“Vaisampayana said, ‘Then the illustrious king of Panchala, addressingprince Yudhishthira in the form applicable to Brahmanas, cheerfullyenquired of that illustrious son of Kunti, saying, ‘Are we to know you asKshatriyas, or Brahamanas, or are we to know you as celestials whodisguising themselves as Brahmanas are ranging the earth and come hitherfor the hand of Krishna?
O tell us truly, for we have great doubts! Shallwe not be glad when our doubts have been removed? O chastiser of enemies,have the fates been propitious unto us? Tell us the truth willingly!Truth becometh monarchs better than sacrifices and dedications of tanks.Therefore, tell us not what is untrue. O thou of the beauty of acelestial, O chastiser of foes, hearing thy reply I shall makearrangements for my daughter’s wedding according to the order to which yebelong.’
“Hearing these words of Drupada, Yudhishthira answered, saying ‘Be notcheerless, O king; let joy fill thy heart! The desire cherished by theehath certainly been accomplished. We are Kshatriyas, O king, and sons ofthe illustrious Pandu. Know me to be the eldest of the sons of Kunti andthese to be Bhima and Arjuna. By these, O king, was thy daughter won amidthe concourse of monarchs. The twins (Nakula and Sahadeva) and Kunti waitwhere Krishna is. O bull amongst men, let grief be driven from thy heart,for we are Kshatriyas. Thy daughter, O monarch, hath like a lotus beentransferred only from one lake into another. O king, thou art our reveredsuperior and chief refuge. I have told thee the whole truth.’
“Vaisampayana continued, ‘Hearing those words, the king Drupada’s eyesrolled in ecstasy. And. filled with delight the king could not, for somemoments answer Yudhishthira. Checking his emotion with great effort, thatchastiser of foes at last replied unto Yudhishthira in proper words. Thevirtuous monarch enquired how the Pandavas had escaped from the town ofVaranavata. The son of Pandu told the monarch every particular in detailof their escape from the burning palace of lac. Hearing everything thatthe son of Kunti said, king Drupada censured Dhritarashtra, that ruler ofmen. And the monarch gave every assurance unto Yudhishthira, the son ofKunti. And that foremost of eloquent men then and there vowed to restoreYudhishthira to his paternal throne.
“Then Kunti and Krishna and Bhima and Arjuna and the twins, commanded bythe king, to reside there, treated by Yajnasena with due respect. Thenking Drupada with his sons, assured by all that had happened, approachingYudhishthira, said, ‘O thou of mighty arms, let the Kuru prince Arjunatake with due rites, the hand of my daughter on this auspicious day, andlet him, therefore, perform the usual initiatory rites of marriage.’
“Vaisampayana continued, ‘Hearing these words of Drupada, the virtuousking Yudhishthira replied, saying, ‘O great king, I also shall have tomarry.’ Hearing him, Drupada said, ‘If it pleaseth thee, take thou thehand of my daughter thyself with due rites. Or, give Krishna in marriageunto whomsoever of thy brothers thou likest.’ Yudhishthira said, ‘Thydaughter, O king, shall be the common wife of us all! Even thus it hathbeen ordered, O monarch, by our mother. I am unmarried still, and Bhimaalso is so amongst the sons of Pandu. This thy jewel of a daughter hathbeen won by Arjuna. This, O king, is the rule with us; to ever enjoyequally a jewel that we may obtain. O best of monarchs, that rule ofconduct we cannot now abandon. Krishna, therefore, shall become thewedded wife of us all. Let her take our hands, one after another beforethe fire.’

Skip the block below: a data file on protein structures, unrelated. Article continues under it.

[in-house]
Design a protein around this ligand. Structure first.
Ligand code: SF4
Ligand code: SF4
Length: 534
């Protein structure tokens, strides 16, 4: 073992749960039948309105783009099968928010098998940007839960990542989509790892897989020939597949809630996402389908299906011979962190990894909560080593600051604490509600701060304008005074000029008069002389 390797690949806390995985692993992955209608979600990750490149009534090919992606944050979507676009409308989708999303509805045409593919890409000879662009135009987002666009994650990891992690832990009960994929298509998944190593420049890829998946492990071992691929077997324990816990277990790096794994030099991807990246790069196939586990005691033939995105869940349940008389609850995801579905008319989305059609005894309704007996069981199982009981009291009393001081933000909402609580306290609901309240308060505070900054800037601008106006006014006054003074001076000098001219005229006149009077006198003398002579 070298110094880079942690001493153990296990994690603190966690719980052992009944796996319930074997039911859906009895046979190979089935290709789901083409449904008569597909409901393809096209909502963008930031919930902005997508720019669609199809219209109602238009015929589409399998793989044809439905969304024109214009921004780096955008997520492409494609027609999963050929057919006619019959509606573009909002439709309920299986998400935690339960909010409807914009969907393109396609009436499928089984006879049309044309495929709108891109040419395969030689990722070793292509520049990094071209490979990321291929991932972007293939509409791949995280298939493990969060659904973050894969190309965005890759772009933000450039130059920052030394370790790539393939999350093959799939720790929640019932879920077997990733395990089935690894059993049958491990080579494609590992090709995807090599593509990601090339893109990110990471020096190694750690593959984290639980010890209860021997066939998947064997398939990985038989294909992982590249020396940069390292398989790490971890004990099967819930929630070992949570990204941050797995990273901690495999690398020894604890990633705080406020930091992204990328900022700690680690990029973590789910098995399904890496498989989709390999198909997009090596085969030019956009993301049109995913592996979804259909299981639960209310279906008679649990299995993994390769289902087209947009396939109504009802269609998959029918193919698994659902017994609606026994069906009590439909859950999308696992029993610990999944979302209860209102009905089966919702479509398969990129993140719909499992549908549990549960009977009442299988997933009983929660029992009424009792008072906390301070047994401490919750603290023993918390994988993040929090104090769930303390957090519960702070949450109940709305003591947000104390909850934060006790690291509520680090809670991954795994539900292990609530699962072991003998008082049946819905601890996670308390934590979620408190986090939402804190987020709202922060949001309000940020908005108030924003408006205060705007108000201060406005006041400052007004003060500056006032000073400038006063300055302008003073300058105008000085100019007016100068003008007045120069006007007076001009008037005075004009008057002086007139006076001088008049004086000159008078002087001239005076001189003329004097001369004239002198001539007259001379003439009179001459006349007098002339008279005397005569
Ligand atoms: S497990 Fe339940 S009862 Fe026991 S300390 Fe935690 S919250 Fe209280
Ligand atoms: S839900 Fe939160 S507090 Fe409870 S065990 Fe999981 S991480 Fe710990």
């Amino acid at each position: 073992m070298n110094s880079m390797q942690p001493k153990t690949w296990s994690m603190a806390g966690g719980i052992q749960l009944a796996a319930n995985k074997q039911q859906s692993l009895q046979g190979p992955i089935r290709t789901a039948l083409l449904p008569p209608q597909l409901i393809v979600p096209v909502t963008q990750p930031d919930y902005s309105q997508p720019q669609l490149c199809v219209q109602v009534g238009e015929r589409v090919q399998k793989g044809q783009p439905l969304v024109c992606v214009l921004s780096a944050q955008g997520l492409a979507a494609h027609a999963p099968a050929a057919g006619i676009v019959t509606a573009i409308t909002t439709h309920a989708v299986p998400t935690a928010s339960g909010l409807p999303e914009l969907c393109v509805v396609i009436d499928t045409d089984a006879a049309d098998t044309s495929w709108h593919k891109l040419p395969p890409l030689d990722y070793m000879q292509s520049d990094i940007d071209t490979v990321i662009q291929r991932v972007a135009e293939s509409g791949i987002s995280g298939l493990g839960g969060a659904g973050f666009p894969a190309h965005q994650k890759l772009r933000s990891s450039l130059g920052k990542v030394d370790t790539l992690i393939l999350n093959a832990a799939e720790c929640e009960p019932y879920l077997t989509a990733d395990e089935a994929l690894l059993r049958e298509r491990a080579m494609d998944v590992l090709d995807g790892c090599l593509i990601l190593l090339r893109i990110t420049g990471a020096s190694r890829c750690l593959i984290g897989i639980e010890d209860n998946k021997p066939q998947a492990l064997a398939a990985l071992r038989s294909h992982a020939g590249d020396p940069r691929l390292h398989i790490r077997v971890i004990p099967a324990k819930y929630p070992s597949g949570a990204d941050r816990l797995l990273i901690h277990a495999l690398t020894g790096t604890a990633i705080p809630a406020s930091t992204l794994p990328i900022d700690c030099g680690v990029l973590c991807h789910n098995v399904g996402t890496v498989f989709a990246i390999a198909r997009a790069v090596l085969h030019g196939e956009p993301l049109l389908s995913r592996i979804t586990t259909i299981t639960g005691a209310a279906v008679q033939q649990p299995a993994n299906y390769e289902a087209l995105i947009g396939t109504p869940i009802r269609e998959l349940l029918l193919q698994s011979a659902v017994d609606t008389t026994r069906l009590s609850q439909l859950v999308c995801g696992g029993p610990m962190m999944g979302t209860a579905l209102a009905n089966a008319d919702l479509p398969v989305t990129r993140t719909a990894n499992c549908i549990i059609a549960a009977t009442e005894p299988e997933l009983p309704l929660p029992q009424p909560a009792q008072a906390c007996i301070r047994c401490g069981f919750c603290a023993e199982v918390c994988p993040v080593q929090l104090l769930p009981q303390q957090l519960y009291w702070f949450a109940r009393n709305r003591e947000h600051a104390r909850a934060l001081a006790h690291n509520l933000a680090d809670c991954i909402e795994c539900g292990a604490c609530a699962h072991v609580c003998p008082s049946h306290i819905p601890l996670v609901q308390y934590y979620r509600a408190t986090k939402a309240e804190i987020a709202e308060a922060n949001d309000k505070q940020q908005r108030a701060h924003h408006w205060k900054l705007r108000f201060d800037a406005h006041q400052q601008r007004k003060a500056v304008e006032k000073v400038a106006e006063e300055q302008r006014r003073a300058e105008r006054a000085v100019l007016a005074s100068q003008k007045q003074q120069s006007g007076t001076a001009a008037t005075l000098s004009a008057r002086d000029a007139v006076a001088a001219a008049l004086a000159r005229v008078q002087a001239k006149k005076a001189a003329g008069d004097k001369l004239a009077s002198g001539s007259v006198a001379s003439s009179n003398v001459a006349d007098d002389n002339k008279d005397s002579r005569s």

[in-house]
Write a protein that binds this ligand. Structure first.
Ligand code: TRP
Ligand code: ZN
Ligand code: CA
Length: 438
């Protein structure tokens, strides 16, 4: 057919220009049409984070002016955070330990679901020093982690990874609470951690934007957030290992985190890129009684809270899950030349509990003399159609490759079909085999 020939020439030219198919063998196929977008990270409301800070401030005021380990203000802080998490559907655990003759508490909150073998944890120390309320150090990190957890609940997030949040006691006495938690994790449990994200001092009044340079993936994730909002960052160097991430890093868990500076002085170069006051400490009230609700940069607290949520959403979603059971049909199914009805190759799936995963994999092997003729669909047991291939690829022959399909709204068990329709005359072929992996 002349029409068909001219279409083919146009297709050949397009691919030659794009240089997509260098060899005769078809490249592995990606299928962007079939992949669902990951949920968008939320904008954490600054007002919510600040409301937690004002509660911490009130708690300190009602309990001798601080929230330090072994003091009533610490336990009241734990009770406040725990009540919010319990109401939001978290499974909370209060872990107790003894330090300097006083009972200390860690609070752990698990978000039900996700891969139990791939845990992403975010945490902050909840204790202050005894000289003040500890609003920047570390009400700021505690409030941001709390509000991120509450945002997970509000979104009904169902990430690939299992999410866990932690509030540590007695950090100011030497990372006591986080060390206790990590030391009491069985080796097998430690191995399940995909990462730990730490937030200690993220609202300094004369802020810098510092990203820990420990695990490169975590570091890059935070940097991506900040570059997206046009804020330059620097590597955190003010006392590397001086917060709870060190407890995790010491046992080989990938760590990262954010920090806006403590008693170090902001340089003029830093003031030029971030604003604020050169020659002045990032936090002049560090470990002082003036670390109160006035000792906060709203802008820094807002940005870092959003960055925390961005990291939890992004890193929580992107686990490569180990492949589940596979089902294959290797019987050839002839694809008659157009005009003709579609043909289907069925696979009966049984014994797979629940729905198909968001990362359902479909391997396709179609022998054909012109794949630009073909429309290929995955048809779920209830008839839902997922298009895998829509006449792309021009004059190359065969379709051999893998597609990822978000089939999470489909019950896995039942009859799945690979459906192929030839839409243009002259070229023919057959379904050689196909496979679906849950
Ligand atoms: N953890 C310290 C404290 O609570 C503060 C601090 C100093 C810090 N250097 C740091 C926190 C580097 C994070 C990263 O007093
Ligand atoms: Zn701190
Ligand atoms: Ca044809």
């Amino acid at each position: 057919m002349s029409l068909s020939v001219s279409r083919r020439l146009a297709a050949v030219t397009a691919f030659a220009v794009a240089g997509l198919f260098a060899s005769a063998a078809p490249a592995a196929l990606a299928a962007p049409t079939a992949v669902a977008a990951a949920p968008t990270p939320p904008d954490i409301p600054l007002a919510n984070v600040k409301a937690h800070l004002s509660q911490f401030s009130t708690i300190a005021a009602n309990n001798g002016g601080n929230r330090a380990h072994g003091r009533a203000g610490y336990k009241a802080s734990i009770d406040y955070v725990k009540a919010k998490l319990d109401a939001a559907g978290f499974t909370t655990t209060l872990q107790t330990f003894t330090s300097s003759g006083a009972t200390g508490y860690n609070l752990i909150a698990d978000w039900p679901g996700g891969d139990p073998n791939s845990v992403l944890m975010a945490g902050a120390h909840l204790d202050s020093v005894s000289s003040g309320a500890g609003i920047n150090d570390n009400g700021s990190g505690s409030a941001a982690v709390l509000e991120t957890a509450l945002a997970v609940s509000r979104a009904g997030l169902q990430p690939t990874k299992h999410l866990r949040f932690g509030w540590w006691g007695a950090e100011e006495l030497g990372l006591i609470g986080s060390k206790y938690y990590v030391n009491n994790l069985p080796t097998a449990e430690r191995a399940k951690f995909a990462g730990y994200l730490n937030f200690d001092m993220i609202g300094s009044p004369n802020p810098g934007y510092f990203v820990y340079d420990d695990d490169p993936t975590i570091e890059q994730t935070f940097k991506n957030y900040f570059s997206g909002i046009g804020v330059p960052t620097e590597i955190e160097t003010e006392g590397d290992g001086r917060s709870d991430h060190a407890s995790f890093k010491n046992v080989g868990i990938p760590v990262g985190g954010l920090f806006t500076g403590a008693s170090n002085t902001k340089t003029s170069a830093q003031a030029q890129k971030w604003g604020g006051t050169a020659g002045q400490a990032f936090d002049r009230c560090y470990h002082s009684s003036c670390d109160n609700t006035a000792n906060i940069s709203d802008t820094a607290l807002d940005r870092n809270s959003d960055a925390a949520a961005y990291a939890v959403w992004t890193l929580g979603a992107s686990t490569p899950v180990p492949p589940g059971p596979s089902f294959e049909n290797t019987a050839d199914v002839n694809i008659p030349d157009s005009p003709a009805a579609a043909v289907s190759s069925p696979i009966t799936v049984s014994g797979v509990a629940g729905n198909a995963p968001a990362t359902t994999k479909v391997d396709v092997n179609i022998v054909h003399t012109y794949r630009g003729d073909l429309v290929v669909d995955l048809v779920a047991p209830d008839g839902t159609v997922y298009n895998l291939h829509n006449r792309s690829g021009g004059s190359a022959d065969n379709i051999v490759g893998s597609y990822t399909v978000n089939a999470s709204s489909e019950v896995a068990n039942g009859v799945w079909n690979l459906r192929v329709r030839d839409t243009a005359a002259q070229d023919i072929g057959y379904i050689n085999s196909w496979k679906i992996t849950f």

‘Drupada answered, ‘O scion of Kuru’s race, it hath been directed thatone man may have many wives. But it hath never been heard that one womanmay have many husbands! O son of Kunti, as thou art pure and acquaintedwith the rules of morality, it behoveth thee not to commit an act that issinful and opposed both to usage and the Vedas. Why, O prince, hath thyunderstanding become so?’ Yudhishthira said in reply, ‘O monarch,morality is subtle. We do not know its course. Let us follow the waytrodden by the illustrious ones of former ages. My tongue never utteredan untruth. My heart also never turneth to what is sinful. My mothercommandeth so; and my heart also approveth of it. Therefore, O king, thatis quite conformable to virtue. Act according to it, without anyscruples. Entertain no fear, O king, about this matter.’
“Drupada said, ‘O son of Kunti thy mother, and my son Dhrishtadyumna andthyself, settle amongst yourselves as to what should be done. Tell me theresult of your deliberations and tomorrow I will do what is proper.’
“Vaisampayana continued, ‘After this, O Bharata, Yudhishthira, Kunti andDhrishtadyumna discoursed upon this matter. Just at that time, however,the island-born (Vyasa), O monarch, came there in course of hiswanderings.'”